Go Baguio! Your Complete Guide to Baguio City, Philippines

Camp John Hay in the 20th Century Remembered

by Lisa C. Araneta

My first visit to Camp John Hay was in the early 1970s as a guest of Joe Montemayor, who was then a Filipino immigrant to the United States.

We had formal dinner at the Main Club where my brother and I were told to be on our best behavior as 'children should be seen, not heard.'

It was a cold December night and we were all bundled up, with our finest clothes underneath, for that
most magical of nights in a 'foreign' setting in what was simply the most beautiful place I had ever seen in all my life (of course I was only six years old then).

That was my first memory of Camp John Hay (CJH), and it was right at the beginning of my love affair with Baguio City, an affair that has lasted lifetime.

No Filipino used to be allowed inside the base except as a guest of a U.S. citizen, until Camp John Hay opened its doors to the public in the early 1980s. This was so because the U.S. subsidized the goods and services inside with their taxpayers'  money. Bowling was at a dime a game, candy bars cost a quarter. Food, liquor and cigarettes, imported from America, were cheap and tax free.

But my favorite cousins, the McCanns had moved up to Baguio City in 1975, and they were U.S. citizens. So when we were were old enough to be allowed to explore on our own, we just used to walk to the Main Gate from their house on Wagner Road, and explored beautiful Camp John Hay all day.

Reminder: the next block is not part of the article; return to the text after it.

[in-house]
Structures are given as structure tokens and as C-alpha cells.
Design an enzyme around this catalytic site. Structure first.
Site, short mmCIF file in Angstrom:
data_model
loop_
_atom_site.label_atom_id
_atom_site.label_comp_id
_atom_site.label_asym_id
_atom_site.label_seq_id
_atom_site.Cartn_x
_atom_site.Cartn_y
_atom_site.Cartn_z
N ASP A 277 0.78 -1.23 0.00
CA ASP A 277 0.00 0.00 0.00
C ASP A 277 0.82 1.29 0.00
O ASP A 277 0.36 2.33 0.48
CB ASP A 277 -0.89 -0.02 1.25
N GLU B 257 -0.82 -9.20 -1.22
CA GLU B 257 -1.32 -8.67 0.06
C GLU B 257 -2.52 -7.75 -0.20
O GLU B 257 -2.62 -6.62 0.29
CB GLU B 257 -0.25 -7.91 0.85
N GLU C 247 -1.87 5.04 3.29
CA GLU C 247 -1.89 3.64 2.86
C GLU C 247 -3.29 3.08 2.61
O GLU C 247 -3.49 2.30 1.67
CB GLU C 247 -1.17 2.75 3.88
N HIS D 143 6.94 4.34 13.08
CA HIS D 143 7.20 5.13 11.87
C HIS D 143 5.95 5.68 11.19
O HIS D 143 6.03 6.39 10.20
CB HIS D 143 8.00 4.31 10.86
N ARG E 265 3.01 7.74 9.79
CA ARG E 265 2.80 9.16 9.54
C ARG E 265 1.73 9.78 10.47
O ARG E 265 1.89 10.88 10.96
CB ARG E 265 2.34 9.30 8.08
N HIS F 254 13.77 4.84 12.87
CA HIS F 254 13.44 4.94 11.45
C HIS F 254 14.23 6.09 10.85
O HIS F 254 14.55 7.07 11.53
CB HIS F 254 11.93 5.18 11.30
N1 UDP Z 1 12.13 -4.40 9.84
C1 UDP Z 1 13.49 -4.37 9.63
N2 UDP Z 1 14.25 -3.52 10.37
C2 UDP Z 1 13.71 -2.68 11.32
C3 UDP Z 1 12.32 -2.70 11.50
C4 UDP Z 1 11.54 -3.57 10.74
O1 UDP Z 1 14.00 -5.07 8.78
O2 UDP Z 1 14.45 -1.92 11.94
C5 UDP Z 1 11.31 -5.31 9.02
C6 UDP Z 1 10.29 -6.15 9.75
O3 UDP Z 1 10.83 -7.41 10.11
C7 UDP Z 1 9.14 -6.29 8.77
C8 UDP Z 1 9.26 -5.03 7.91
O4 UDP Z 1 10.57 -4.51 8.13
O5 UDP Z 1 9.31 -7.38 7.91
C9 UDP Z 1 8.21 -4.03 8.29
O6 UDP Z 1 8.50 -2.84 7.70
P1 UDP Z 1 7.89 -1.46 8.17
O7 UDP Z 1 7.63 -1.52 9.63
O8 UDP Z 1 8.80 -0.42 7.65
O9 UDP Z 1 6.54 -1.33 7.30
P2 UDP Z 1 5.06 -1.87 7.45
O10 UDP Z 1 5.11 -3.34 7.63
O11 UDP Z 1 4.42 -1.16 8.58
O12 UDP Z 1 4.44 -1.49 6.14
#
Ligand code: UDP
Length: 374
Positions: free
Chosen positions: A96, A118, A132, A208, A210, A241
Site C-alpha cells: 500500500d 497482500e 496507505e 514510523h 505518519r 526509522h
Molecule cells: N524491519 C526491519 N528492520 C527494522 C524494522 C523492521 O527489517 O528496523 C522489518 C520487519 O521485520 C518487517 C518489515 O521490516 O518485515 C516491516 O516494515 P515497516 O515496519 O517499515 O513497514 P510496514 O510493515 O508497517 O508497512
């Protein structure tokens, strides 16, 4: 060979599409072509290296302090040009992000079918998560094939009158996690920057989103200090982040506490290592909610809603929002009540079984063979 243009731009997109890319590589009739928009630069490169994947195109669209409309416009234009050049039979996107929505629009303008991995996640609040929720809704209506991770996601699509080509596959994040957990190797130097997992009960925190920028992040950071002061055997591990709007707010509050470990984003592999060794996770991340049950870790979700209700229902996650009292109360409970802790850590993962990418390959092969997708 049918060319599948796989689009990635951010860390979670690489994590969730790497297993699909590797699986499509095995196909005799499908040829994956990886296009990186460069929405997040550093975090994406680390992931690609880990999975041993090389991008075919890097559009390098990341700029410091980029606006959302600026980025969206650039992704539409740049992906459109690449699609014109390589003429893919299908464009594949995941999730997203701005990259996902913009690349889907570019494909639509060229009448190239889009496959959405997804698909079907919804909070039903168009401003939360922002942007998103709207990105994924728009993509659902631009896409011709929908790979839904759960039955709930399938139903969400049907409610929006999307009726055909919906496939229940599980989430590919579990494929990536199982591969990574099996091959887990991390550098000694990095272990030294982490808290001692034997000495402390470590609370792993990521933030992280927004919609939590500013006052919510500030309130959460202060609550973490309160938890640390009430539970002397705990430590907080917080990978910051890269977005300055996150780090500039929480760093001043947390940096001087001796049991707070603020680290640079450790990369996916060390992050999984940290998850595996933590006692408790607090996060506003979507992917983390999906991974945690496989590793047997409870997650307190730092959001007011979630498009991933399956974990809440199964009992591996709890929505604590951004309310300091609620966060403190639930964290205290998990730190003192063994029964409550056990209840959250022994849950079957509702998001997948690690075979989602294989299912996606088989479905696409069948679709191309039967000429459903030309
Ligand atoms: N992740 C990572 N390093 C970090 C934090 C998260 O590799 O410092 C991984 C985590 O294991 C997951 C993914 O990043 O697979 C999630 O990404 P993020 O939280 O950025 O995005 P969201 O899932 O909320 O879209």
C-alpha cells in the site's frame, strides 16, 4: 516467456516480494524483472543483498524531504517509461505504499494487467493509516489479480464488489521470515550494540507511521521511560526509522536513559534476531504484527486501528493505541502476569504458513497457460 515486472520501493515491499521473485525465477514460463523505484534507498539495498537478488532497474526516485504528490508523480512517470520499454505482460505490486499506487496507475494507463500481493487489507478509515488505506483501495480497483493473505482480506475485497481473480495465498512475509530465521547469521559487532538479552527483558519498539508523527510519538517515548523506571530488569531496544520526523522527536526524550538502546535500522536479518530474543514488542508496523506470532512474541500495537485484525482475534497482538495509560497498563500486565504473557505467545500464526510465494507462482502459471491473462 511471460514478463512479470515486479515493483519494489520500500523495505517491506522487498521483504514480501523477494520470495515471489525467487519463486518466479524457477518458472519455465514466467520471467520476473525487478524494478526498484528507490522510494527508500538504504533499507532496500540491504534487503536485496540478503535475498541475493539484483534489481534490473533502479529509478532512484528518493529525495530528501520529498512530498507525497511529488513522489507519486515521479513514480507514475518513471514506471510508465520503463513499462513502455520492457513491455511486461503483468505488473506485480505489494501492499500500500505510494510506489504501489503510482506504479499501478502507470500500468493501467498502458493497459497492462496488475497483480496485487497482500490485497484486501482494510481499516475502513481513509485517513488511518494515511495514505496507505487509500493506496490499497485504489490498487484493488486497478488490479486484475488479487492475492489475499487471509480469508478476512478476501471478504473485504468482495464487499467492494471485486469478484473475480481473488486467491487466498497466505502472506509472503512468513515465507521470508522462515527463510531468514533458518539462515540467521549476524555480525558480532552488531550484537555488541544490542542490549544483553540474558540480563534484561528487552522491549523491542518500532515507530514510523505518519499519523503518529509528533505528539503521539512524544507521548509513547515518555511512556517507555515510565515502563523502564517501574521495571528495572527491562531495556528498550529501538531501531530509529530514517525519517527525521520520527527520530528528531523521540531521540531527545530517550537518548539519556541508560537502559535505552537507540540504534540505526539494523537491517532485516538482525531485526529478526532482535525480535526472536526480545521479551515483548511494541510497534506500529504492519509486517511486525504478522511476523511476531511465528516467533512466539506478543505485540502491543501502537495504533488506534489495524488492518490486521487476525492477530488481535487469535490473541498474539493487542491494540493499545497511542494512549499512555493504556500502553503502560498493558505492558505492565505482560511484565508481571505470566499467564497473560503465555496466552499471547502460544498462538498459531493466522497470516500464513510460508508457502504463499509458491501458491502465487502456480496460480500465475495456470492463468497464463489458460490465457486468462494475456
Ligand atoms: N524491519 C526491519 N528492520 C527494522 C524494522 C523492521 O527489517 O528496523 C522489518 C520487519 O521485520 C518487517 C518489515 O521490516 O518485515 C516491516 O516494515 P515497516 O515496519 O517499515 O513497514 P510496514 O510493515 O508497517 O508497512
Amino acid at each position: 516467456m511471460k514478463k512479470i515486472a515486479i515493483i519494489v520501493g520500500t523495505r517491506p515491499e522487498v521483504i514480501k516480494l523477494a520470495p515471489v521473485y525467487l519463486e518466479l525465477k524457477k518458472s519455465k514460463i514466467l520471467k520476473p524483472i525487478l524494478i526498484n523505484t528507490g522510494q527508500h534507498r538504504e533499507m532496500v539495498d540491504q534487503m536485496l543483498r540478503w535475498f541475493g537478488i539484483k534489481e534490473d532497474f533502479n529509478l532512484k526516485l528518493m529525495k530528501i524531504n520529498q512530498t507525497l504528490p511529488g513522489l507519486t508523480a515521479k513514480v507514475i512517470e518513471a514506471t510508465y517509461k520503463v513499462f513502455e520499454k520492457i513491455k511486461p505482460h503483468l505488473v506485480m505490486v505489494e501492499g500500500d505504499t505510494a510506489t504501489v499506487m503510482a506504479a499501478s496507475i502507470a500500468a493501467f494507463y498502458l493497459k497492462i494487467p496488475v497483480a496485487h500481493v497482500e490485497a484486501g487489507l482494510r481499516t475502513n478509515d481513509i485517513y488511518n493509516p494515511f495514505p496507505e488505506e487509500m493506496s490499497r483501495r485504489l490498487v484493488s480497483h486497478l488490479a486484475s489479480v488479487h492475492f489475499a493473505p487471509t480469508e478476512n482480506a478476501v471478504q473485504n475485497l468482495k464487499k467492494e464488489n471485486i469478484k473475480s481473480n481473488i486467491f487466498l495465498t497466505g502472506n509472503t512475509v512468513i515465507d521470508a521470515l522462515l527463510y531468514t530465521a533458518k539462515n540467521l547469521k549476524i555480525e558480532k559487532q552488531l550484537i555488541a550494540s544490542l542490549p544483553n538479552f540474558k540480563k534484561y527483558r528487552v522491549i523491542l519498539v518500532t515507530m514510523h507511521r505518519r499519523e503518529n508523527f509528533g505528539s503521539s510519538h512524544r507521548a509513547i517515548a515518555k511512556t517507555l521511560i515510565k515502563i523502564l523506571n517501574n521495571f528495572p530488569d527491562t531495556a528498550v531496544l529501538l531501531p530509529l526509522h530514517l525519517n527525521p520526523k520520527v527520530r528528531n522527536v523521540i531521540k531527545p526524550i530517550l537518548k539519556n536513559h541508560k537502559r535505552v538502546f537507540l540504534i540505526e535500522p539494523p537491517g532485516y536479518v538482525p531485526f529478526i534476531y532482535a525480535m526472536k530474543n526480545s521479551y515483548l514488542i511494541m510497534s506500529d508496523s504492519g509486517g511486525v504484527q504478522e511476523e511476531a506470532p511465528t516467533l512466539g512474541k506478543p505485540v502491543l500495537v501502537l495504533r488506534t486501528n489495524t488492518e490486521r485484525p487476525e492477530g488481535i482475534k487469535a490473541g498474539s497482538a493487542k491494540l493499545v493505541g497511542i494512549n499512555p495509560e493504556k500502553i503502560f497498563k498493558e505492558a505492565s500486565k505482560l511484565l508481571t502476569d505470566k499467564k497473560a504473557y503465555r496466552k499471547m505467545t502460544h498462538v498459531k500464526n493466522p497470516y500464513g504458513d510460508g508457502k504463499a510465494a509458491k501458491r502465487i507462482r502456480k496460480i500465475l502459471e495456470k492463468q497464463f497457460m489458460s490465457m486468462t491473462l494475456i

When 'rich,' we rode a base taxi to get around, and if 'poor,' which was most of the time, we explored a lot on foot. Base taxis had passenger limits, we noticed, which the Philippines did not set at that time for taxi cabs.

All prices in this American recreational facility for their Armed Forces in Asia were in US currency, and when converted to its Philippine peso equivalent, the cab rides were considered pretty expensive.

Later on, in the mid 1980s) shuttles were made available from the three gates of Camp John Hay at much cheaper rates. I guess they were there for the Filipino employees working there but the public was welcome to ride them, too.

There were three entrances to Camp John Hay then: the Main Gate was on the Session-Loakan-Military Cut-off-South Drive roundabout. The second gate was accessible from Country Club Drive near Baguio Country Club and a third gate at Loakan Road where employees and trucks and other big vehicles used to pass as this was near the utility areas, like the fuel station, the fire station and the water station.

(The former service entrance is now the Main Gate, not as impressive nor as accessible to the general public as the old Main Gate was, which was closed by the developer to accommodated a redesigned golf coursel)

For Filipinos, 'brainwashed' for a whole century to love all things American by pretty effective propaganda, Camp John Hay was, for a brief moment, a taste of clean American living. In fact, Camp John Hay and the rest of Baguio City for that matter so looked like America that it was the Honeymoon Capital of the Philippines for Filipino couples or chose not to (or could not afford to) go abroad after their wedding.